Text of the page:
The Amazonian biodiversity applied to the production of second generation bioethanol

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Enzyme extracted from microorganisms from Amazonian lake shows potential for biofuel production

The growing understanding that the rise in average temperature of the planet is caused by human action has, in recent years, intensified the search for clean, renewable and cheap energy sources. One alternative source are the second generation biofuels produced from agricultural waste, such as sugar cane straw and bagasse, which are mainly composed of cellulose. The production of second generation ethanol, for example, breaks down this cellulose into simpler sugars with the use of several enzymes, followed by fermentation into ethanol.

Among the enzymes required for this process, the so-called endo- and exoglucanases act directly on cellulose producing cellobiose, a disaccharide composed of two glucose molecules. Next, cellobiose needs to be broken down into glucose by $\rm \beta$-glucosidase enzymes. However, these substances have their action inhibited by the presence of their own products. There is thus an increasing demand for new enzymes that not only resist inhibition, but also have optimum activity in the temperature and pH ranges suitable for industrial production.

The Amazon region is home to the largest hydrographic basin and to one of the largest biodiversities in the world. Research into this wide variety of organisms may lead to the discovery of various substances with biotechnological applications. For example, microorganisms present in rivers and lakes of the region produce enzymes which decompose plant matter and can be useful in the production of second generation biofuels.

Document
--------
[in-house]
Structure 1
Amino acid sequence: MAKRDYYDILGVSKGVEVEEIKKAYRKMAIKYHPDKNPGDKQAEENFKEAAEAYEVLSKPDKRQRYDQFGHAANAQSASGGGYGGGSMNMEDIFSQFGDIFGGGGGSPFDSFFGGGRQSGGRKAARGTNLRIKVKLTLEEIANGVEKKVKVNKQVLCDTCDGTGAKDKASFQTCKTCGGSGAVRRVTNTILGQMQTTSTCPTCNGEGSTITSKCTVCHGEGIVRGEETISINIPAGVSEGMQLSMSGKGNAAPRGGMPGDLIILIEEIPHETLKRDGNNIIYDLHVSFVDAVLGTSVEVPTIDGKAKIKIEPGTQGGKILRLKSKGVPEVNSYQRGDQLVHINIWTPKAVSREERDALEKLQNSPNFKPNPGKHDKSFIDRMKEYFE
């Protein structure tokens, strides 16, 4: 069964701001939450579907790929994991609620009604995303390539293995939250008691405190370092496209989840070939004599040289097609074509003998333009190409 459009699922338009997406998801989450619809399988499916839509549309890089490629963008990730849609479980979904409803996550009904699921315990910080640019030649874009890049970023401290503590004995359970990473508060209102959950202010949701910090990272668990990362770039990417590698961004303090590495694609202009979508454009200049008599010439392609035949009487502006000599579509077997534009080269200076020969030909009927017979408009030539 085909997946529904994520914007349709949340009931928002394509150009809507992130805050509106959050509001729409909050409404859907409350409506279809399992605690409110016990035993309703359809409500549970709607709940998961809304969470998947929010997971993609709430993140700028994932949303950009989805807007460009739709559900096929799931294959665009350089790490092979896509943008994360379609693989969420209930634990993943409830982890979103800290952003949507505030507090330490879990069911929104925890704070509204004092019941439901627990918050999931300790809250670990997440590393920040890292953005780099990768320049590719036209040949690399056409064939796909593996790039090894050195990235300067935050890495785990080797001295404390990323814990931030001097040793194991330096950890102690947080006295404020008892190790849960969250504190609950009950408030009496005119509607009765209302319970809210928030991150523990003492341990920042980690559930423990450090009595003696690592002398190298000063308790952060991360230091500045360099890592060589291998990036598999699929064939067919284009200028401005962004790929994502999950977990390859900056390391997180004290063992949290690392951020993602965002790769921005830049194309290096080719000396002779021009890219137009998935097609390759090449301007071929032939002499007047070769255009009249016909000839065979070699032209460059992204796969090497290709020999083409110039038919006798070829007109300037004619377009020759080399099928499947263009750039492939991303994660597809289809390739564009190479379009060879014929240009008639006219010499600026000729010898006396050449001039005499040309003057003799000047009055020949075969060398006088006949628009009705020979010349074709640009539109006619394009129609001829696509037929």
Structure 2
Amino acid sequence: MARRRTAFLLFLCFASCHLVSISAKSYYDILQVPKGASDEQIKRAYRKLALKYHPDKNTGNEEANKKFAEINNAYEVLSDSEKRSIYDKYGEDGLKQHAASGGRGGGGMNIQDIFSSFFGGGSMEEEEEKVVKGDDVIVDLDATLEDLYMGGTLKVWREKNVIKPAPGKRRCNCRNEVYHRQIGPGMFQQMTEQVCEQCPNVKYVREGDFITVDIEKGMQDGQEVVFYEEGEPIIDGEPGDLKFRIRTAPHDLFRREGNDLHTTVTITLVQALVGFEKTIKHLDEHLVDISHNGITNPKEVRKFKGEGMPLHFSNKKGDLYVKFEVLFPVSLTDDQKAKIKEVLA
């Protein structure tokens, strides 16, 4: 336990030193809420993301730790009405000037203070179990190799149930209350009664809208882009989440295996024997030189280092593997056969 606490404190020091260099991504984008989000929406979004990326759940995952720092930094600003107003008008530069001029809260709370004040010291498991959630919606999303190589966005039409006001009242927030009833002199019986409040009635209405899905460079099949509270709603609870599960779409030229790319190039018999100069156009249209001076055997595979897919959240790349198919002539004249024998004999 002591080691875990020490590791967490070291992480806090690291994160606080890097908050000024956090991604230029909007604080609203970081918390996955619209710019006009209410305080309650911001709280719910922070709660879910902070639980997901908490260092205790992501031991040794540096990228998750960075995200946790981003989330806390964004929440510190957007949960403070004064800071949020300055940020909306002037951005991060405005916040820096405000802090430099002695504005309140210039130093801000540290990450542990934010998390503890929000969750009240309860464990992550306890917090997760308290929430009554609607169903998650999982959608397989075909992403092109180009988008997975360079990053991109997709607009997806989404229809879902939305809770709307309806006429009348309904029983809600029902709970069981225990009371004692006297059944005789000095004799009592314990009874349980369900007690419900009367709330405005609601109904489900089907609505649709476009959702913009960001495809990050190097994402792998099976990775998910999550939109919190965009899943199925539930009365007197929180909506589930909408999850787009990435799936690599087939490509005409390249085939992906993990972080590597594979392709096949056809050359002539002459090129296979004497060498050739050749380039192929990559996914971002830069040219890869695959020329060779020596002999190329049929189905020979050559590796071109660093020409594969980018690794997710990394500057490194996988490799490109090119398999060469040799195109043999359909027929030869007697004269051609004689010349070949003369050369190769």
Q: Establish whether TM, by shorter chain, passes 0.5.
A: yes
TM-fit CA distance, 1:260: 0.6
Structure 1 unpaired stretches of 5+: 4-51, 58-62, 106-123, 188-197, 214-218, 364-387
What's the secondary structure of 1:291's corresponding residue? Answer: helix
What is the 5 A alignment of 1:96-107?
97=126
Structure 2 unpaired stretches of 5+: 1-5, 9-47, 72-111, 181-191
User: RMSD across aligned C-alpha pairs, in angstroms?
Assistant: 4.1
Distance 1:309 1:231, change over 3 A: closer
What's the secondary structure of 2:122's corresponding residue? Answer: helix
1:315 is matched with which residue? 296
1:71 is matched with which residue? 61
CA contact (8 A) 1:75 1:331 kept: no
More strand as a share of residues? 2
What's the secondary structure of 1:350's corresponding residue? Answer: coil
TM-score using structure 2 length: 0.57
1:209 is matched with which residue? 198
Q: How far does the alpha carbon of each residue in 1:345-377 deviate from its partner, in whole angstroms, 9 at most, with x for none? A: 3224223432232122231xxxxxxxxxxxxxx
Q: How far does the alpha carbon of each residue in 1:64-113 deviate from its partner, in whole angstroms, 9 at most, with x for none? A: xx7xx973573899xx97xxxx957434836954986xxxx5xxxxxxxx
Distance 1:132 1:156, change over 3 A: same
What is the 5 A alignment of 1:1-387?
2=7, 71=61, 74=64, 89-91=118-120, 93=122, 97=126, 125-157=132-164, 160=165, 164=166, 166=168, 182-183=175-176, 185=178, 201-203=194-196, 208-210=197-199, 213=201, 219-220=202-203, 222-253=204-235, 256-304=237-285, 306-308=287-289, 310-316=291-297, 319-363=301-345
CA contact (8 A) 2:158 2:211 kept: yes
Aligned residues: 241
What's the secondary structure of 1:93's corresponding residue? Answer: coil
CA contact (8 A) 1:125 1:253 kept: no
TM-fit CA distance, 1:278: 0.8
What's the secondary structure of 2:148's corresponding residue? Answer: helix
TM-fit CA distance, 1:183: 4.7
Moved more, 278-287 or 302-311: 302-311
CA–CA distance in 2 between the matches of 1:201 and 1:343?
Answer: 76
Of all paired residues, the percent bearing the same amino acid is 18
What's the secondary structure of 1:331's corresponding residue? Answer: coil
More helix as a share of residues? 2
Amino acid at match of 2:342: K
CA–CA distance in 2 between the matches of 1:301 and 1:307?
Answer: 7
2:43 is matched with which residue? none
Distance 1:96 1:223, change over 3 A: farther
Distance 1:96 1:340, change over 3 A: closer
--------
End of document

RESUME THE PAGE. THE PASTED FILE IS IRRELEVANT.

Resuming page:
Overall structure of AmBgl-LP monomer with the catalytic residues represented as sticks (carbon atoms in yellow).

In a recent study [1], Brazilian researchers identified a new $\rm \beta$-glucosidase enzyme, from the analysis of microorganisms present in the Lake Poraquê, adjacent to the Solimões River. The MX2 and SAXS1 beamlines of the Brazilian Synchrotron Light Laboratory (LNLS) were used in the structural characterization of the enzyme, called AmBgl-LP, which was shown to be similar to other $\rm \beta$-glucosidase of the GH1 family. However, differently from the enzymes of this group, AmBgl-LP dimerizes (combines in pairs) when in solution.

The group also verified that the AmBgl-LP has characteristics which are compatible with the process of Simultaneous Saccharification and Fermentation (SSF). In this important process for the reduction of costs in the industry, enzymatic cocktails break the cellulose into glucose simultaneously with the action of yeast in fermenting the sugars into ethanol.

This is the first time that an enzyme from an Amazonian lake sample is isolated, produced and characterized by metagenomics, which is the study of genetic material obtained directly from environmental samples containing a wide variety of organisms. According to the researchers, this approach not only proved to be valuable for the search of new enzymes for the degradation of cellulose in industrial processes, but also contributes to the understanding of the structural diversity of the GH1 enzyme family.

This research was the result of collaboration between researchers from the Brazilian National Biosciences Laboratory (LNBio) and the Brazilian Bioethanol Science and Technology Laboratory (CTBE) – both part of the Brazilian Center for Research in Energy and Materials (CNPEM) – and researchers from the University of São Paulo, Federal University of São Carlos and the company Petrobras. In addition to the LNLS beamlines, LNBio’s open facilities were also used.

Source: [1] Danyelle Toyama, Mariana Abrahão Bueno de Morais, Felipe Cardoso Ramos, Letícia Maria Zanphorlin, Celisa Caldana Costa Tonoli, Augusto Furio Balula, Fernando Pellon de Miranda, Vitor Medeiros Almeida, Sandro Roberto Marana, Roberto Ruller, Mario Tyago Murakami, Flavio Henrique-Silva, A novel β-glucosidase isolated from the microbial metagenome of Lake Poraquê (Amazon, Brazil), Biochimica et Biophysica Acta (BBA) – Proteins and Proteomics, 2018. DOI: 10.1016/j.bbapap.2018.02.001